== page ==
Do your asanas in a well ventilated room where it is calm and quiet. The air in the room should be fresh so that you can freely breathe oxygen. You can practise outdoors but the surroundings should be pleasant, say in a garden. Do not practise in a strong wind, in the cold, or in air that is dirty, smoky, or which smells.
Do not practise in the vicinity of furniture, a fire, or anything that prevents free fall to the ground, especially during asanas such as sirshasana (head stand). Many accidents occur because people fall against objects. Never practice beneath an electric fan.
Never exert undue force or strain while doing asanas. Beginners may find their muscles stiff at first but after several weeks of regular practice, they will be surprised to find that their muscles are more supple.
Asanas can be practised by people of all age groups, male and female.
People who have fractured bones and those who are suffering from any kind of chronic disease like ulcers, tuberculosis or hernia, should consult a yoga teacher or Doctor before commencing asanas. If one feels there is any reason why one should not do asanas, expert advice should be sought.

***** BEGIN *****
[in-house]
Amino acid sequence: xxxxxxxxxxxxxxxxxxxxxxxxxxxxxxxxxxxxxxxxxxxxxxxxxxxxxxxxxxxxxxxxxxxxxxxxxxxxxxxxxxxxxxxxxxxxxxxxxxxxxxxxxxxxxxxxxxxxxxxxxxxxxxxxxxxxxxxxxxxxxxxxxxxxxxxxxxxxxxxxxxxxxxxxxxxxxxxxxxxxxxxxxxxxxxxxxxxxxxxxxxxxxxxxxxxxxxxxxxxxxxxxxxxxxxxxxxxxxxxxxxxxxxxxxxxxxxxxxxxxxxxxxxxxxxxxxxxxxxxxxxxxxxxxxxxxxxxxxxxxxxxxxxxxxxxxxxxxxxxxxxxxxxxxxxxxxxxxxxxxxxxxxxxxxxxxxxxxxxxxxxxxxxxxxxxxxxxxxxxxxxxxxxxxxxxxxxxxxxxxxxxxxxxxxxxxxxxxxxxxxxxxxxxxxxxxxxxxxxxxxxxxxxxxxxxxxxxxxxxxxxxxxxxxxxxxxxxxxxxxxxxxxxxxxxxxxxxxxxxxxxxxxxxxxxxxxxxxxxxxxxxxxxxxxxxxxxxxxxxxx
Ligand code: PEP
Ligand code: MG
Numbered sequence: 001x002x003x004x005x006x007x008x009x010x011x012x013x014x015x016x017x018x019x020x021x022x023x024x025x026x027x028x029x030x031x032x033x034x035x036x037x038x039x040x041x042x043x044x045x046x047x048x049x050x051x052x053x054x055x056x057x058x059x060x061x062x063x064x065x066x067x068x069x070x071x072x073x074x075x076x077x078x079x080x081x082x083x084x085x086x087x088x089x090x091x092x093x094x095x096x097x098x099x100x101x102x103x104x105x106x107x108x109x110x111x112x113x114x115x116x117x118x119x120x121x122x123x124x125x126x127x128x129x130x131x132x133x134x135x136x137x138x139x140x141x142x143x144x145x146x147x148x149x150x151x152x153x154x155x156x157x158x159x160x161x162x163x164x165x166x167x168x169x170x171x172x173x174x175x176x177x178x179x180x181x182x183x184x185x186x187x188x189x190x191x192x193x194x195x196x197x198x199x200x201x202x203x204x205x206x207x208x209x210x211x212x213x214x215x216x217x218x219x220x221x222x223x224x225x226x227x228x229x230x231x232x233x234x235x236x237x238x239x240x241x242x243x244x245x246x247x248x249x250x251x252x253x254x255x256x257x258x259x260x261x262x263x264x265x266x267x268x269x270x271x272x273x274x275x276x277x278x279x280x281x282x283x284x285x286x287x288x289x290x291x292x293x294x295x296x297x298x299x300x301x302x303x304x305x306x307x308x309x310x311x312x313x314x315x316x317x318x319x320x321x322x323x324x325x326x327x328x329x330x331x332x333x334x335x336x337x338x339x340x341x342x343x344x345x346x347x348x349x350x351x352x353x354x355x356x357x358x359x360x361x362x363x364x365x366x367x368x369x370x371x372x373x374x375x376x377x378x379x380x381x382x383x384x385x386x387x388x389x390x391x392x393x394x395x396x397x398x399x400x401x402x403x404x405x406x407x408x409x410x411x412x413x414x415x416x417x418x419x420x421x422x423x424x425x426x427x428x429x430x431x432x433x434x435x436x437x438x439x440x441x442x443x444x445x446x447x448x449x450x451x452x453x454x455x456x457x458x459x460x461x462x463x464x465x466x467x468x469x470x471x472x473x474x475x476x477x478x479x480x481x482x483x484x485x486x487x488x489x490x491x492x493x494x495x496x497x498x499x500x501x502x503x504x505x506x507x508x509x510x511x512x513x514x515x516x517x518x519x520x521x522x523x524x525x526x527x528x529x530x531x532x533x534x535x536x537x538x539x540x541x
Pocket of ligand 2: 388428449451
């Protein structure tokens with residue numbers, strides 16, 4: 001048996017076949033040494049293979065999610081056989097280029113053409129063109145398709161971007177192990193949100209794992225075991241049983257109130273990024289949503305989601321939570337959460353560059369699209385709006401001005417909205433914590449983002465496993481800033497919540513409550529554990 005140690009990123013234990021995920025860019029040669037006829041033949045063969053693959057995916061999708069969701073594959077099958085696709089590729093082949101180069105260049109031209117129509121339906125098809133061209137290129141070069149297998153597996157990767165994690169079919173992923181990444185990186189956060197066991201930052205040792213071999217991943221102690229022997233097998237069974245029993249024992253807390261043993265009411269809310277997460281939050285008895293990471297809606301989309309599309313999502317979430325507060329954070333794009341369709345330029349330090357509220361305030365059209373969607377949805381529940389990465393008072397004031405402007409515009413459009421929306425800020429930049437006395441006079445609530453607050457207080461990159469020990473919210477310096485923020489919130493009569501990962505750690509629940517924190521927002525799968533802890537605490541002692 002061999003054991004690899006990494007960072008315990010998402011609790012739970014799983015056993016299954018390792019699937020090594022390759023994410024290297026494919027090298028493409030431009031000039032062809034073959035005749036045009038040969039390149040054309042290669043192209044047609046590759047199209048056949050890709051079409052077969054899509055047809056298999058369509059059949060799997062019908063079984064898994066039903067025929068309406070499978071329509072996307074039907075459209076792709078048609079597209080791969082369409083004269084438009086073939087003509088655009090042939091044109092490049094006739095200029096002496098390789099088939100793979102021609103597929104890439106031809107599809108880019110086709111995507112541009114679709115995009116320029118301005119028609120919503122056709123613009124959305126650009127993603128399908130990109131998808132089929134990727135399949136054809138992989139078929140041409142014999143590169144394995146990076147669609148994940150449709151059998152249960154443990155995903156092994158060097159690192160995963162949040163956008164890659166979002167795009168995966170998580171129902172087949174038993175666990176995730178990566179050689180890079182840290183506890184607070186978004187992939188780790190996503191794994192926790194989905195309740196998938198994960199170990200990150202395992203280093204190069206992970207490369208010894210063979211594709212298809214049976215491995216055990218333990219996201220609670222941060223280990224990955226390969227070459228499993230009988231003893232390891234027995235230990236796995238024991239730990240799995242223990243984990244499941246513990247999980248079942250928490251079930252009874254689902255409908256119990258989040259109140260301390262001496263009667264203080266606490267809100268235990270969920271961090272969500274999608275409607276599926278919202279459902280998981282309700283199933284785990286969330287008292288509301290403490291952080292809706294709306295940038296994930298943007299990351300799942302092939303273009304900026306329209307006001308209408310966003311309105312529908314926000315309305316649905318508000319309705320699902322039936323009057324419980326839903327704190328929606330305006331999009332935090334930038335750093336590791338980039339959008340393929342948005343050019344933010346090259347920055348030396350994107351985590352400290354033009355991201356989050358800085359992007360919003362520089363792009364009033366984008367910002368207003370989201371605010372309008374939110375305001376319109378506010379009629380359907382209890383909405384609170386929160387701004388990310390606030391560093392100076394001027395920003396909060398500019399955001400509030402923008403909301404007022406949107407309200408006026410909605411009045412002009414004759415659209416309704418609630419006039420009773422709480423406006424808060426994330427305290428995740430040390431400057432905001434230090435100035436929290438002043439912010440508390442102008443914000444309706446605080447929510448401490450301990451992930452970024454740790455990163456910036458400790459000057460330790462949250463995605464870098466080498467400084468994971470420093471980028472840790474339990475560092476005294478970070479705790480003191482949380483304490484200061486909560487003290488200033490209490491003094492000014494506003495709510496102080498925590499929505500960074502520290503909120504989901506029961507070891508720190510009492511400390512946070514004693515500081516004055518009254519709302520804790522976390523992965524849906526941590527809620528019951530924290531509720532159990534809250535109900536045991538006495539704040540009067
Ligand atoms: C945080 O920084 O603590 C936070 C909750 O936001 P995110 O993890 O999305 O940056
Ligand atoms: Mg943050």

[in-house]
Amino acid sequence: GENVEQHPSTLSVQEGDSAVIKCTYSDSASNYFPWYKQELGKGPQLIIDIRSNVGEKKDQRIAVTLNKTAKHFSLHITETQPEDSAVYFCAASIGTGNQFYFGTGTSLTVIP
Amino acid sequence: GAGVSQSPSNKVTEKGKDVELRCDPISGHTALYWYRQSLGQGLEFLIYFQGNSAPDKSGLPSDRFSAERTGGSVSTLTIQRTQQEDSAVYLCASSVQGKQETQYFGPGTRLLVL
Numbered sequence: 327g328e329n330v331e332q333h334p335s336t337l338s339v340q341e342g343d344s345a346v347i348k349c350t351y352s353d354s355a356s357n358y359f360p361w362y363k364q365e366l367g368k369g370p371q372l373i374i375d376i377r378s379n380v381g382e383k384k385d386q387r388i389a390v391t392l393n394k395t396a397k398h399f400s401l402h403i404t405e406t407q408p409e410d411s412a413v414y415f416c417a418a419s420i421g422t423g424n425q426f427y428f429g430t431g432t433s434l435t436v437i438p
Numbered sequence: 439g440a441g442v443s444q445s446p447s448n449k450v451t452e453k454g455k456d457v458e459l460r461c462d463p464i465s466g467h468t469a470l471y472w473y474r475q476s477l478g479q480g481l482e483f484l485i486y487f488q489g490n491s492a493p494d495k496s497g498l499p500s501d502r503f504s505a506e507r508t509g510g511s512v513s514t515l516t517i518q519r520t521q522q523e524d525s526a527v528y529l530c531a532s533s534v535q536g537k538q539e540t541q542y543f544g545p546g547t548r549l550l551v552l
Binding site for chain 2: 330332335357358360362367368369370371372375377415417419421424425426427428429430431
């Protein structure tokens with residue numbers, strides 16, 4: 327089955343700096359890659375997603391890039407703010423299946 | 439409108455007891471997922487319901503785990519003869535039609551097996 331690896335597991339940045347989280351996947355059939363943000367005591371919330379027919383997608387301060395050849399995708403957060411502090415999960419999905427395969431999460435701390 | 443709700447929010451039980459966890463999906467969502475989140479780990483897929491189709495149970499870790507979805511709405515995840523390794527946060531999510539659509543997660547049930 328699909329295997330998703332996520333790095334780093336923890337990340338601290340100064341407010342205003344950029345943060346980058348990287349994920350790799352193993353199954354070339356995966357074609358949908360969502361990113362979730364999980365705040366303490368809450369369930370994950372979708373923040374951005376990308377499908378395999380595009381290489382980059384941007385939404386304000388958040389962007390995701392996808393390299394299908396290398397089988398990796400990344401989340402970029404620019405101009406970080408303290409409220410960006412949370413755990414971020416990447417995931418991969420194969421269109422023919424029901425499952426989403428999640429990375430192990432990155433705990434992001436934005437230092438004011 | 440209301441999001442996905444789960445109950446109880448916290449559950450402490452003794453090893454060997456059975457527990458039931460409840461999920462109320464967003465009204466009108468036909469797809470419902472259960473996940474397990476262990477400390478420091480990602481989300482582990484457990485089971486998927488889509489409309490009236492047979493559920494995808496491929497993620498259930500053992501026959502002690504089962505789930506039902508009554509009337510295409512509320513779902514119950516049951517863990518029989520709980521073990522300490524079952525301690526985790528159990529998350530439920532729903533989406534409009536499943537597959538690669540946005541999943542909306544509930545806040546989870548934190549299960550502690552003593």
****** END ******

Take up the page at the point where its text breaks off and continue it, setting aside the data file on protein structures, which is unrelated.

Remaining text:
Time of Practice
Asanas can be practised any time of the day, except after meals. However, the best time is between 4 and 6 a.m. In Sanskrit, this period of the day is known as Brahmamuhurta. It is this time of day which is most conducive to the higher practices of yoga. The atmosphere is pure and quiet and is filled with solar radiations. The activities of the stomach and intestines have stopped. The mind has no deep impressions on the conscious level; it is empty of thoughts in preparation for the long day ahead.
The practitioner will probably find that the muscles are most stiff at this time of day, compared to the late afternoon when they become more supple.
Asanas should be done first, followed by pranayama and finally meditation.
There are over 84,000 hatha yoga asanas! Hatha yoga has been simplified to include a set of between 6 and 12 general asanas that are all you need to know. Asanas have been designed to REMOVE TOXINS FROM THE PHYSICAL BODY so we can experience Meditation without being hampered by aches and pains in the body.
The bending and squashing motions pushes the toxins out of our muscles and inner organs and all authentic Hatha Yoga Sequences will perform a forward bending posture followed by a backward bending posture, to first squash and then release the toxins from, mainly the abdomen (home of our digestive organs, liver, and kidneys).